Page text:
On a more secular level, David DeSteno, Ph.D., associate professor of psychology at Northeastern University, conducted a National Science Foundation-funded study, and found a link between gratitude and increased financial generosity. In the two-part trial, subjects completed a lengthy, onerous computer task. Before their scores could be recorded, the computers “crashed,” which meant the subjects would have to repeat the chore. An individual connected to the study “fixed” the computers, earning a huge round of thank-yous. “Ninety-five percent of the subjects were incredibly grateful,” says DeSteno.
Exactly how grateful subjects were became evident during the second part of the trial. In a token exchange exercise, the subjects who had been helped gave generously to others. “The important part is that these subjects were not playing with the person who helped them. They were playing with someone they didn’t know, so there was no sense of owing or reciprocity,” says DeSteno. “How much you give is directly predicted by the amount of gratitude you feel.”
“The value of the experiment is that [the actions] are driven by an emotional response. They are not socially driven,” says DeSteno. “Giving without being helped first dramatically increases the level of cooperation in the whole population. Gratitude is a mechanism for ‘upstream reciprocity.’ Someone helped the subject and now he is acting more communally generous.”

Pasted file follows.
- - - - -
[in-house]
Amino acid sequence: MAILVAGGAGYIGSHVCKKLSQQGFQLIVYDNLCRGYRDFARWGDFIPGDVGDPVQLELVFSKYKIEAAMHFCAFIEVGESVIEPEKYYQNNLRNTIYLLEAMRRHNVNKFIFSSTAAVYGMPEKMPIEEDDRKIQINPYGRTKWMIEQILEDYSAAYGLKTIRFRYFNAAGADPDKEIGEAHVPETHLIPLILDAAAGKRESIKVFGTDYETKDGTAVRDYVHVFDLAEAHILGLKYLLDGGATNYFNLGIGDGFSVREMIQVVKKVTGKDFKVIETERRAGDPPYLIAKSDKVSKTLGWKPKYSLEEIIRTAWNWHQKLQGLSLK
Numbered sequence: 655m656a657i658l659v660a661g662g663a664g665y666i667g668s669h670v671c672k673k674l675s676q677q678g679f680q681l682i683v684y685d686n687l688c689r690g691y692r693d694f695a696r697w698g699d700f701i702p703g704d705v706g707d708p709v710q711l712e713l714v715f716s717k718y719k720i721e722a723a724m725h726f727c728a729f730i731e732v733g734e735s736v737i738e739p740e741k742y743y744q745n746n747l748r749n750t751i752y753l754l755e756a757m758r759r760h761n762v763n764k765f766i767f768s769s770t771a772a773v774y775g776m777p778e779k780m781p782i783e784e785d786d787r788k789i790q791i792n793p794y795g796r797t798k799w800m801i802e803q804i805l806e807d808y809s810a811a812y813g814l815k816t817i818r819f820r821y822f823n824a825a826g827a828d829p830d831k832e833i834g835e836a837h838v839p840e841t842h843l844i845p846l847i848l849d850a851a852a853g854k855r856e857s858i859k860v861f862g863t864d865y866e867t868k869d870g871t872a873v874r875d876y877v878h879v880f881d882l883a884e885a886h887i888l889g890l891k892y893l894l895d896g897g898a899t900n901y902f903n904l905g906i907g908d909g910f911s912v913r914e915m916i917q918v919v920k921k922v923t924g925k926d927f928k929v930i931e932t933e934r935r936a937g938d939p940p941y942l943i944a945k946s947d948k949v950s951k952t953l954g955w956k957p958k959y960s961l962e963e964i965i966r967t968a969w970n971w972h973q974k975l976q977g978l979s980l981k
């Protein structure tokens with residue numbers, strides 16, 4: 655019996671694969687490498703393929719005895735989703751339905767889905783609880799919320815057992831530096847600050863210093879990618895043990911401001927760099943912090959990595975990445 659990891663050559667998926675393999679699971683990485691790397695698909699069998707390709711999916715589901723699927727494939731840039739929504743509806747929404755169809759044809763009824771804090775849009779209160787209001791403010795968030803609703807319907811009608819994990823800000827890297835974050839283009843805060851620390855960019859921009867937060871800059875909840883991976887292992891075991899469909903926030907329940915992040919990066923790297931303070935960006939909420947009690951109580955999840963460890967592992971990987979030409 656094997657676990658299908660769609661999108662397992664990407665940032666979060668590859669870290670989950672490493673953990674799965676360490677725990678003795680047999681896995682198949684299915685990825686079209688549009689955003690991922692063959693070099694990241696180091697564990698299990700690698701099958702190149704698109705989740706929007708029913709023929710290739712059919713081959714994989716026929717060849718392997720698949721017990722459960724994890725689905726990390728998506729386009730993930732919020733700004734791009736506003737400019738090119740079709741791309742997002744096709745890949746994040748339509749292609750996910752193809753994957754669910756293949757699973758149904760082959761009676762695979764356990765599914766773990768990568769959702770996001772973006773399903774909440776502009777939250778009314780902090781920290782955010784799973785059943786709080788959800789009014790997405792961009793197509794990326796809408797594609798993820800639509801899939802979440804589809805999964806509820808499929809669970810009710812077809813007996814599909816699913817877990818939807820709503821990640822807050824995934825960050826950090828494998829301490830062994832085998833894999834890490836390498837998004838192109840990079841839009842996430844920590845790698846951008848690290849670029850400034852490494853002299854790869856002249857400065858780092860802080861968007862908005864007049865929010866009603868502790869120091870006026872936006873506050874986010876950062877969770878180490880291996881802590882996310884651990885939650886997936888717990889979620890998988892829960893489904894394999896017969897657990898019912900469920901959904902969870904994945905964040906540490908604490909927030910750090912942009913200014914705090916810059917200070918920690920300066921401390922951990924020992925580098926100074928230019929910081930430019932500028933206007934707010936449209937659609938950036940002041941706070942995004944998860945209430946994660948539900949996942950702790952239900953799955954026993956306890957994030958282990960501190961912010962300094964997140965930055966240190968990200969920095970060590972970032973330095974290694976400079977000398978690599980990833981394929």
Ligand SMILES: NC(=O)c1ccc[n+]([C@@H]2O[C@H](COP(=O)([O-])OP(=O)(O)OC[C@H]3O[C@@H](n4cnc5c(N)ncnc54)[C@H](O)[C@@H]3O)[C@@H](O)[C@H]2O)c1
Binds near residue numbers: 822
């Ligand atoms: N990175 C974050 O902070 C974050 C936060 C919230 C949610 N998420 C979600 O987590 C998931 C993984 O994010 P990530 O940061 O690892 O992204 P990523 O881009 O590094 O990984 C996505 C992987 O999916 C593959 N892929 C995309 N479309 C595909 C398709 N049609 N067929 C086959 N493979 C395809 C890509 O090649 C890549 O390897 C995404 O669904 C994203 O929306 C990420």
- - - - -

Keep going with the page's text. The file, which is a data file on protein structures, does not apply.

DeSteno cites several societal benefits from an increase in gratitude. “I suggest that allowing yourself to experience gratitude or other positive socially-oriented emotions can cement social bonds.” He adds that being grateful can increase strength in social networks and result in better physical and mental outcomes. “It can be a reminder to treat others fairly, especially with economic and social exchange. You can build stronger relationships.”
According to Kirke Olson, Psy.D., a school consultant and private practitioner in Concord, New Hampshire, focusing on the “now” can induce a strong sense of gratitude. “People tend to be looking forward all the time. It’s good to stop and look back, see where you’ve been and see the difference in growth and improvement,” he says. “When you are reaching for a goal and are 80 percent there, people have a tendency to look at the 20 percent to go. Stop and think about how far you’ve come.”
In his work with school children, Olson has witnessed first-hand positive physical side effects of being grateful – much like those reported in Delaney’s study – including reduced stress levels and lower blood pressures.
Olson advocates a two-pronged approach to therapy. “Psychologists are good at reducing the negative. Now we need to use techniques for finding gratitude. As a profession for 100 years we have assumed if you are not depressed, you are happy. That is not necessarily so,” he says. “Incorporating an exercise on gratitude in any psychotherapy could be useful.”
Olson says, “The nice thing is it’s hard to see where the downside might be. If research around gratitude is showing how great it is, you can’t be worried that it would have negative effects.”
By Phyllis Hanlon